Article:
Thanks Ralph for putting on our first historical scenario in Maurice, well thought out and beautifully presented in 15mm (or should that be 18mm these days?).


  5. British lines formed square in the presence of cavalry, at which point there wasn't much the cavalry could do but ride around the squares getting shot at. The British deployment of artillery in an unsupported position is not very historical, either. Playing the British takes finesse and using hills and the superior position of height and reverse slopes to avoid taking fire unnecessarily. Other British commanders also used their troops firepower and ability to maneuver to advantage over the French propensity to charge. A charge by cavalry alone was not likely to result in the results shown in your battle, See Waterloo to support my point. Either the British commander has no real grasp of British tactics or the rules do not reflect the realities of Napoleonic conflict between French and British..

    1. Well I was the British commander for this game, and I do think I have a grasp of British tactics - both for the Napoleonic period, and for the Revolutionary Wars - in which this game was set. And of course they were rather different! As Wellington later said, during this campaign he learnt what not to do!

      And no, these rules do not allow for Square formation, quite rightly, as it was rarely used during this period which is not 'Napoleonic', but Revolutionary, as we have tried to make clear...This battle occurred right in that changeover period between the 18thC, when Infantry would happily receive cavalry in line, and the Napoleonic period, when as everyone knows they would form square.

      As a matter of fact, the course of our battle did not alter too much from the historical outcome, except that it was the Guards Brigade that fell into disorder, owing to the British Cavalry's response to a French Cav charge interpenetrating their ranks....But overall the outcome was the same.

      BTW, The artillery was deployed on the flank of the 6th Brigade, and so was supported as much as any battery can be...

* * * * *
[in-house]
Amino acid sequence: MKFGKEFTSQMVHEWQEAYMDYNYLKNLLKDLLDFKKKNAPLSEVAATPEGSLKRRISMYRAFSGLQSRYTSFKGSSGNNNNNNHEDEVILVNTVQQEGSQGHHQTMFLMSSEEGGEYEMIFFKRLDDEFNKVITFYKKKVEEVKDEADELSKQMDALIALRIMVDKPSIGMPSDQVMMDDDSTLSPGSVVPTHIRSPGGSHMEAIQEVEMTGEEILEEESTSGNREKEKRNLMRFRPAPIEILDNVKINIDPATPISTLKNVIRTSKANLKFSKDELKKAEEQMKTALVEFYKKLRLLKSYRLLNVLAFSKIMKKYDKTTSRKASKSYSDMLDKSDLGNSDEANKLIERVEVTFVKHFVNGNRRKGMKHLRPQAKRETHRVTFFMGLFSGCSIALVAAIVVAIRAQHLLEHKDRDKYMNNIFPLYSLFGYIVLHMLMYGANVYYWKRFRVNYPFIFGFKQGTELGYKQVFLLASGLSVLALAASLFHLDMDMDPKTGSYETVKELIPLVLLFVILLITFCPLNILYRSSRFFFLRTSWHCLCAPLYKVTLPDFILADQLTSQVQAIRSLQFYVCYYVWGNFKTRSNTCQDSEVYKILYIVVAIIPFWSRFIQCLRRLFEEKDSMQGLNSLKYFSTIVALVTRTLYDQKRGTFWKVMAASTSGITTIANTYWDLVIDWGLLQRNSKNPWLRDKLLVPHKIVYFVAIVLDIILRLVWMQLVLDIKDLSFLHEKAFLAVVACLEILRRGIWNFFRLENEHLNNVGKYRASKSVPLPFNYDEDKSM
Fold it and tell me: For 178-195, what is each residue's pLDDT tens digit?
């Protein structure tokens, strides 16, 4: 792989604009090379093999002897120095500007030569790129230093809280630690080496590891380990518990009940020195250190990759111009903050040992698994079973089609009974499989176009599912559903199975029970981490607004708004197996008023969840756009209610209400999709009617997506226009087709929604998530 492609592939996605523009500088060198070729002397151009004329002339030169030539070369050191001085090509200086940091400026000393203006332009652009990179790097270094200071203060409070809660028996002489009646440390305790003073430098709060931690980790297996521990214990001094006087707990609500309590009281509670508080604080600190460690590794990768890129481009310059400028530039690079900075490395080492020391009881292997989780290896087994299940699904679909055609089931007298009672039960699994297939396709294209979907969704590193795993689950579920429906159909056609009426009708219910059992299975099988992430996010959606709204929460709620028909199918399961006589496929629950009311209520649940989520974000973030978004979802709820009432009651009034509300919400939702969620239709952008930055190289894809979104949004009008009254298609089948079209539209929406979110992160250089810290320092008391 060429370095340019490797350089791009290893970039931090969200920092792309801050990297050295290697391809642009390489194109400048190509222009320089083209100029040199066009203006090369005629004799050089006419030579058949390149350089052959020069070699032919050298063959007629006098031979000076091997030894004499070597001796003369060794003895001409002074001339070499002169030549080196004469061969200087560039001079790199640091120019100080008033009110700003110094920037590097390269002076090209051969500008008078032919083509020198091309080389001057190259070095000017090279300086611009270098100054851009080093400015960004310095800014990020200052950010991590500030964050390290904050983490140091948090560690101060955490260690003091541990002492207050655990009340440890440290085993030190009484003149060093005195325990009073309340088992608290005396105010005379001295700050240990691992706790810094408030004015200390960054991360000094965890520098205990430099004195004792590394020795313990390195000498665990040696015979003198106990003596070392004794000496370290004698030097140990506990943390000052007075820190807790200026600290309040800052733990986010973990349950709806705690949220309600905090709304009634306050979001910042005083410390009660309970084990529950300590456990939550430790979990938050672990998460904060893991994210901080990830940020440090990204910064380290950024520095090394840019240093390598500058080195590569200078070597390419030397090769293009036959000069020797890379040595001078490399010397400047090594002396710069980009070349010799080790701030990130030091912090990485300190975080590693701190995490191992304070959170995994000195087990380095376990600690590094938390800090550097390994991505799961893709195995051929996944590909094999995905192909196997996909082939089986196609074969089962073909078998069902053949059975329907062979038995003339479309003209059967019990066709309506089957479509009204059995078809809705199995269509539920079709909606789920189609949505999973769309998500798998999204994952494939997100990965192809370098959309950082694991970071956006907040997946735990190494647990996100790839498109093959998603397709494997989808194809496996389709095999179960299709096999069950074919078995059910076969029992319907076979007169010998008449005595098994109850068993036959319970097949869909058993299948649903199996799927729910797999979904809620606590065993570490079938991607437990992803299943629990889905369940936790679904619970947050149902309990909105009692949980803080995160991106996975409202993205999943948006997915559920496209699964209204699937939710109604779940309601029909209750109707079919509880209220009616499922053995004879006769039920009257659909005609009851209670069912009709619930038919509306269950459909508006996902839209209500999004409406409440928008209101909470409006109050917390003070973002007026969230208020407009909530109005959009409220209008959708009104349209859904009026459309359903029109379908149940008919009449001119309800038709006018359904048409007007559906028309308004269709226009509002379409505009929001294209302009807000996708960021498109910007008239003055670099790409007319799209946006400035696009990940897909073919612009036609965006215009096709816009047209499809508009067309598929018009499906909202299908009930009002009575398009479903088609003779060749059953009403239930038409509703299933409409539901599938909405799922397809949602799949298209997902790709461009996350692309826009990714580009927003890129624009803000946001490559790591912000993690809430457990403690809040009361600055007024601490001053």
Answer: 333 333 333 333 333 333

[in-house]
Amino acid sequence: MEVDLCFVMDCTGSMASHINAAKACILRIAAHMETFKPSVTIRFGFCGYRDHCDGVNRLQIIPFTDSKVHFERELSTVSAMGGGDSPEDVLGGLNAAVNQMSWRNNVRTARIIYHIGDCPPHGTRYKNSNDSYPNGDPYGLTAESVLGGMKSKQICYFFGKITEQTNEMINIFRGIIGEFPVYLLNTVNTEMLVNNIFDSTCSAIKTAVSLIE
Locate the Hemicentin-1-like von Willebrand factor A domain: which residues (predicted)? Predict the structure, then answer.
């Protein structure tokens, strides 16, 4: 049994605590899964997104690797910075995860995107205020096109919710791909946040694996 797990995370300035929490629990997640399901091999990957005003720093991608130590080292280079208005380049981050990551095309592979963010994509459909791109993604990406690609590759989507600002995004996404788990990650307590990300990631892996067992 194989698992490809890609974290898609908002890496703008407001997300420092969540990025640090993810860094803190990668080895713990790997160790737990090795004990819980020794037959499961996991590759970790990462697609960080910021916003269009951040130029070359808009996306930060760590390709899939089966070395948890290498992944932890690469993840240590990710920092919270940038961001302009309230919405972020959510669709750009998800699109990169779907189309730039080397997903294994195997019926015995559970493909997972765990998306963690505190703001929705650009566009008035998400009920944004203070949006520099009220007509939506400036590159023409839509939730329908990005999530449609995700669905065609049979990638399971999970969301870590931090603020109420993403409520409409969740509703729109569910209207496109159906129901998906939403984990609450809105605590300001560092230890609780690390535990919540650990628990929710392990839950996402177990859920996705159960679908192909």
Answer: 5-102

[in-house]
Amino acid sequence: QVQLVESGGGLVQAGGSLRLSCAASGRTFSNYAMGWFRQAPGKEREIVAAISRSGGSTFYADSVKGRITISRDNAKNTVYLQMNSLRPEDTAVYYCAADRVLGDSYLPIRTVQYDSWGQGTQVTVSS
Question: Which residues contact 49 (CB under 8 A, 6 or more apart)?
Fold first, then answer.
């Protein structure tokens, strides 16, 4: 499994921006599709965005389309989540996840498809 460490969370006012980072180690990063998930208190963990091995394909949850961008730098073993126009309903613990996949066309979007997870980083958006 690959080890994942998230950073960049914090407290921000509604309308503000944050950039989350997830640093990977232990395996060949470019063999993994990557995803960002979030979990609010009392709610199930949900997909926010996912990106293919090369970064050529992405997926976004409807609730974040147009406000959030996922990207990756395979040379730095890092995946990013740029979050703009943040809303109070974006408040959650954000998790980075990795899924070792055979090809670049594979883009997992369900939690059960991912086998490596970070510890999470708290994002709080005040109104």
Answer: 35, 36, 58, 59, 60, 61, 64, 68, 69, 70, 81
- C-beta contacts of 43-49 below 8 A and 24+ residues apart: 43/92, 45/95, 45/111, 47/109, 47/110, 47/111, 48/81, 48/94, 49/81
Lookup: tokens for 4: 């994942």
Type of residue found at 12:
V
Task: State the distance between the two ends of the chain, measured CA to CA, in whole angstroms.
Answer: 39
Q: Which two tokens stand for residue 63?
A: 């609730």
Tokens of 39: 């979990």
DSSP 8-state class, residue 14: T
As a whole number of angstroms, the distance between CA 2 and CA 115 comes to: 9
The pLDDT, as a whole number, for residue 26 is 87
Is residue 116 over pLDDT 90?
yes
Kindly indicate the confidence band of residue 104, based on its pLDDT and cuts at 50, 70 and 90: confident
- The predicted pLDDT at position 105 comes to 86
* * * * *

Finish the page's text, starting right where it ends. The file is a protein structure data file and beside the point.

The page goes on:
2. So when did British infantry (or indeed any European infantry) regularly start forming squares in the presence of cavalry?

    3. "BTW, The artillery was deployed on the flank of the 6th Brigade, and so was supported as much as any battery can be..."

      It was also supported by light infantry on the other flank, but the support wasn't close enough to prevent the cavalry from getting at it.

    4. Probably the first successfully recorded instance, in the modern era, was Napoleon at the Battle of the Pyramids, in 1798, so about 4 years after Boxtel. He had realised right from the outset that he would be facing masses of Mamluke cavalry, so trained his army to form Divisional Squares. Battalion squares were used successfully at Mount Tabor in 1799..

    5. Of course Anonymous' advice for the British commander to use hills and reverse slopes in 1794 is totally anachronistic - these tactics were pioneered by Wellington - trialled in India from 1800 and then fully developed in his Peninsula campaigns from 1808 onwards.

      As to finding reverse slopes in the lowlands of Flanders - good luck!

  6. Great to see Boxtel being used as the inspiration for this game. I spent 2 years researching this action for my book "Wellington's First Battle". It is a great little action for demonstrating the state of flux that the armies were then in both organisationally and tactically.

    The research highlighted some interesting facts, for example 6 officers who were present at Boxtel served as Generals with Wellington at Waterloo, including Chasse who led the leading French brigade.

    The success of the French cavalry in your refight is interestingly accurate in some respects; they probably had no carbines and were mounted on small horses and thus avoided the British Cavalry on the 15th, but on the 14th the same regiment of Hussars ( the 8th) led by the soon to be famous Marulaz, rode down and captured 2 battalions of Hessian infantry.

    I have taken my game to several shows in the UK and the photographs are available on my blog;

    Best Regards

    Garry Wills